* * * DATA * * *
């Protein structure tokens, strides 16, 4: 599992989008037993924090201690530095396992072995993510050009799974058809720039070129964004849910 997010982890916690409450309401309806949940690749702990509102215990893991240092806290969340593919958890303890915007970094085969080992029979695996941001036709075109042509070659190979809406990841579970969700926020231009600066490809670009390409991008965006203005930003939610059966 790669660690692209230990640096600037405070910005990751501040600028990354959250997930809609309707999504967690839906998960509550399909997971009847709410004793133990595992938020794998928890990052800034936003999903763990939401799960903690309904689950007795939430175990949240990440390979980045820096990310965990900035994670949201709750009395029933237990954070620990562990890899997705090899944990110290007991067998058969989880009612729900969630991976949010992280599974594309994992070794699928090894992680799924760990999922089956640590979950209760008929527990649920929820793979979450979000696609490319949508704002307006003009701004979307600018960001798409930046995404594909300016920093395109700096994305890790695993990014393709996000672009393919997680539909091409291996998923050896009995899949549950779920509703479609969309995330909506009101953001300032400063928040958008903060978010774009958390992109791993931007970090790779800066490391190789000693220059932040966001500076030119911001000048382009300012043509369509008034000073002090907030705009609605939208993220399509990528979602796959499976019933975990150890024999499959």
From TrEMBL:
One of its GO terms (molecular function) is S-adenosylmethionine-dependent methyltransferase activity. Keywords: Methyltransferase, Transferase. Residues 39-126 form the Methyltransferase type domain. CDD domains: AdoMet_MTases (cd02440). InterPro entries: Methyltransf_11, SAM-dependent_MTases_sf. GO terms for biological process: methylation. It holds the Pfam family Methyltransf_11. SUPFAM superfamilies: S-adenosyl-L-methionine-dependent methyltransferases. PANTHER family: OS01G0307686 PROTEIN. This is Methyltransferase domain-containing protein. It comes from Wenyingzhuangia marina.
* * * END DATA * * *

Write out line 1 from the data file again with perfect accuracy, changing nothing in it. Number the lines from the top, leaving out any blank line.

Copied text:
């Protein structure tokens, strides 16, 4: 599992989008037993924090201690530095396992072995993510050009799974058809720039070129964004849910 997010982890916690409450309401309806949940690749702990509102215990893991240092806290969340593919958890303890915007970094085969080992029979695996941001036709075109042509070659190979809406990841579970969700926020231009600066490809670009390409991008965006203005930003939610059966 790669660690692209230990640096600037405070910005990751501040600028990354959250997930809609309707999504967690839906998960509550399909997971009847709410004793133990595992938020794998928890990052800034936003999903763990939401799960903690309904689950007795939430175990949240990440390979980045820096990310965990900035994670949201709750009395029933237990954070620990562990890899997705090899944990110290007991067998058969989880009612729900969630991976949010992280599974594309994992070794699928090894992680799924760990999922089956640590979950209760008929527990649920929820793979979450979000696609490319949508704002307006003009701004979307600018960001798409930046995404594909300016920093395109700096994305890790695993990014393709996000672009393919997680539909091409291996998923050896009995899949549950779920509703479609969309995330909506009101953001300032400063928040958008903060978010774009958390992109791993931007970090790779800066490391190789000693220059932040966001500076030119911001000048382009300012043509369509008034000073002090907030705009609605939208993220399509990528979602796959499976019933975990150890024999499959």